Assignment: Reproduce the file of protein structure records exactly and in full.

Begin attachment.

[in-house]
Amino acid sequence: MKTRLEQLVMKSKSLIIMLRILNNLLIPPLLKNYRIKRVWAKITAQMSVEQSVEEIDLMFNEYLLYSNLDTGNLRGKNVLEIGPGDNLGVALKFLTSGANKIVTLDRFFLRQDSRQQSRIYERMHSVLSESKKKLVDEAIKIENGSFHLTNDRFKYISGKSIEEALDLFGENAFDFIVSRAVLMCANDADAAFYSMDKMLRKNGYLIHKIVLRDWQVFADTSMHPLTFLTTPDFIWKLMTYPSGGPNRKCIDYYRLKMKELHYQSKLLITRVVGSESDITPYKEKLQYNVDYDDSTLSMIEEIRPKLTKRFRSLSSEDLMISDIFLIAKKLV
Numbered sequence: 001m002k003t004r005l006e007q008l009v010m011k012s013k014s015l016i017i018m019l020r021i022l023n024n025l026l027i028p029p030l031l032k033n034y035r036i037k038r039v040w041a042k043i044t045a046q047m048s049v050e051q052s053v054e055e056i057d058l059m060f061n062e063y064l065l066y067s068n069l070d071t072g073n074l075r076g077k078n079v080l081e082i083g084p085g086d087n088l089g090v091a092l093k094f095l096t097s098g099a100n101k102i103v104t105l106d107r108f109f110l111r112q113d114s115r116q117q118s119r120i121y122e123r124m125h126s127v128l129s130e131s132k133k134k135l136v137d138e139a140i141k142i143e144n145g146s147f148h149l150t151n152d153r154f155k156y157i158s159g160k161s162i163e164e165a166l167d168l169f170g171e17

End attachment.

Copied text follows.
[in-house]
Amino acid sequence: MKTRLEQLVMKSKSLIIMLRILNNLLIPPLLKNYRIKRVWAKITAQMSVEQSVEEIDLMFNEYLLYSNLDTGNLRGKNVLEIGPGDNLGVALKFLTSGANKIVTLDRFFLRQDSRQQSRIYERMHSVLSESKKKLVDEAIKIENGSFHLTNDRFKYISGKSIEEALDLFGENAFDFIVSRAVLMCANDADAAFYSMDKMLRKNGYLIHKIVLRDWQVFADTSMHPLTFLTTPDFIWKLMTYPSGGPNRKCIDYYRLKMKELHYQSKLLITRVVGSESDITPYKEKLQYNVDYDDSTLSMIEEIRPKLTKRFRSLSSEDLMISDIFLIAKKLV
Numbered sequence: 001m002k003t004r005l006e007q008l009v010m011k012s013k014s015l016i017i018m019l020r021i022l023n024n025l026l027i028p029p030l031l032k033n034y035r036i037k038r039v040w041a042k043i044t045a046q047m048s049v050e051q052s053v054e055e056i057d058l059m060f061n062e063y064l065l066y067s068n069l070d071t072g073n074l075r076g077k078n079v080l081e082i083g084p085g086d087n088l089g090v091a092l093k094f095l096t097s098g099a100n101k102i103v104t105l106d107r108f109f110l111r112q113d114s115r116q117q118s119r120i121y122e123r124m125h126s127v128l129s130e131s132k133k134k135l136v137d138e139a140i141k142i143e144n145g146s147f148h149l150t151n152d153r154f155k156y157i158s159g160k161s162i163e164e165a166l167d168l169f170g171e17